The Shining Path, 5.7 600m
FA- G.Cornell and T.Devonshire, July 2002
Joy’s new neighbor! The Shining Path is about 100m longer and takes the slim corner in the middle of the big slab. The route is slightly more runout especially on the crux and the rock is much looser than Joy, again, much looser in spots, however it has been repeated a number of times since showing up on the scene. Take gear to 2″, pins, Tri-Cams, medium nuts and mandatory 60m ropes minimum. This route is more about the expansive vista of slab and the corner your on than what is worth of the climbing, however the 3 or 4 steep pitches after the 5.3 ramble is an incredible position. It seems every country and many climbing venues have a route named The Shining Path or Sendero Luminoso, this is one of many as is the route on the Ship’s Prow near Canmore with the same name(see Rock East for more info).
Park at Upper Kananaskis Lakes North Interlakes lot and hike for a half hour along the old fireroad(keep right) to the end of the lake then slog up the scree slope to the base of the slab above the boulder field.
Start as for Joy, and scramble the first 100m of slab to a steep black streak on the left wall. Climb its’ far left side and a traverse right to belay (5.6, 25m) Belay at the last shrub out left after about 300m of 5.3/4 climbing. Go back out right and up the corner to a belay. Continue up the corner for 6 pitches to a big ledge with a 2-bolt belay. Go up a broken gully and make a rising sweep on horribly loose rock(The Leprosy Pitch) up to a tiny alcove with the last bolt. Traverse up and right to the ridge. Either take the ridge to the summit or downclimb 15m to a notch and down to the backside scree which meets Joy. Hike off via a ramp to the meadows.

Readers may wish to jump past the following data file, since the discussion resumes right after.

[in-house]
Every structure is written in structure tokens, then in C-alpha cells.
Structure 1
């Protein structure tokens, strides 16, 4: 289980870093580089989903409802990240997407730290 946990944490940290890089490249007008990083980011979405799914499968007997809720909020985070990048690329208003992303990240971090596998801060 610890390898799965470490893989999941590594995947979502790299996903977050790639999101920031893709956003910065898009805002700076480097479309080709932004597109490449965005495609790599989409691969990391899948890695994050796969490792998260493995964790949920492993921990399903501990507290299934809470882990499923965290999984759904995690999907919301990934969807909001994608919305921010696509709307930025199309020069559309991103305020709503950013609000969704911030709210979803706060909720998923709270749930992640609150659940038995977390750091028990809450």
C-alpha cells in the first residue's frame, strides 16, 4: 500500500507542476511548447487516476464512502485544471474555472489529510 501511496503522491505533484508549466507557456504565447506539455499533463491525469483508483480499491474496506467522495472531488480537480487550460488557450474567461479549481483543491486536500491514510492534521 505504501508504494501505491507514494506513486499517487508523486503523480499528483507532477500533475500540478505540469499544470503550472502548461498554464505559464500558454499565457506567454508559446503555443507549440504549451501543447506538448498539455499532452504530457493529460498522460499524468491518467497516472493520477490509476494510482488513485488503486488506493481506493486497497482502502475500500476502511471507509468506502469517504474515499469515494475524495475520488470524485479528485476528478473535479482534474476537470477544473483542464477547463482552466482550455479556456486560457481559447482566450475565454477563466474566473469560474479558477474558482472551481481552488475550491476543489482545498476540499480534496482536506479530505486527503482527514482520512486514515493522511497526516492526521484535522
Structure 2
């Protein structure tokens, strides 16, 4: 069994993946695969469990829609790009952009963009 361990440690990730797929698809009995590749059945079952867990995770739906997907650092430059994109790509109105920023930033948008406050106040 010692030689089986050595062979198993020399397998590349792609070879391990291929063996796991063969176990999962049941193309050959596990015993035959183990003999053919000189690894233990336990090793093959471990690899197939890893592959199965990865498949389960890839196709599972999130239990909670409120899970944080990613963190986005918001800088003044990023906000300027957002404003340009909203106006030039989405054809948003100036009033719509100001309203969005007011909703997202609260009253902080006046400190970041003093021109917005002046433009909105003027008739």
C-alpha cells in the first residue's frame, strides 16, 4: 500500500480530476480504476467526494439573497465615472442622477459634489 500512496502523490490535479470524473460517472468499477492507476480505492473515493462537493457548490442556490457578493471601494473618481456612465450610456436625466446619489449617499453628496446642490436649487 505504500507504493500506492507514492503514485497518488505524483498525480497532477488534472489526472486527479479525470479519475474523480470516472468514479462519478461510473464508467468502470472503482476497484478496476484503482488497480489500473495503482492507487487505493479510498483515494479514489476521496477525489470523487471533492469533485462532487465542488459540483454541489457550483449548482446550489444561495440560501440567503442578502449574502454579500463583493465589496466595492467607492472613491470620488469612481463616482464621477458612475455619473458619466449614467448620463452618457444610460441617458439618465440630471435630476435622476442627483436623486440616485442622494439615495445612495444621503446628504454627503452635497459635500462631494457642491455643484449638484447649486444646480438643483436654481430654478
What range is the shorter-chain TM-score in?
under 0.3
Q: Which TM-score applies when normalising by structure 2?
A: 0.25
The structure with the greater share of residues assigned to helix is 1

What we lugged up The Shining Path: many pitons, nuts, Tri-Cams, small-medium cams and 7 slings is likely enough as it’s more runout than Joy. The route was started in about 1998 and we had gotten half way up the slab at that point but a summer bear closure over a few sporatic weeks in the season prevented anything further until Tony came on board and the grizzly vanished.
Personal Trip into Peru, 1991
For anyone truly interested in finding out more about the conflict the Shining Path had upon Peru for the past number of decades- technically starting in the early 1960s and turning progressively violent in the early 1980s and coming to the point in 1991 when Peru was under a state of emergency- should read the history of this group, a book titled Shining Path of Peru by David Scott Palmer.
I was in Peru in 1991 for 3 months traveling and I even made an attempt on Nevado Huascaran which ended under a serac at 20,000 ft hiding from a deluge of avalanches which turned a Japanese team away days before. Back in Huaraz the northern Peru capital for climbing showed the least signs of Shining Path bullying as I was to see further to the south.
When I had entered Peru from a remote dusty, desert border crossing (with actual buzzards circling on the drive into Suyo), the very nice border guards had one request: they recommended you enter the country only if you were not traveling alone. Clearly not acting like what some may think South American border guards act like, they were actually looking out for our well-being and I recall that as one of my most pleasurable crossings I have ever done. So I hooked up with a couple from South Africa to overcome that hurdle. We understood their rule after noticing the many Wanted Posters on the walls of this office, mugshots of Shining Path members, and the other group also overrunning the country then – MRTA (Revolutionary Movement of Tupac Amaru). We stuck together for 3 months until we entered Bolivia.
Traveling the country by bus is the obvious gringo way – you got to be witness at that time, seeing the turmoil the country was clearly in. Shining Path had the least hold in the far north, but the closer one got to Lima the spray painted houses and businesses was more prevalent with slogans and communist symbols showing their reach and territory. Solidifying this, in 1991 the Shining Path killed two priests and the mayor in a province within the northern region of Ancash which proved they operated in the north as well as the south.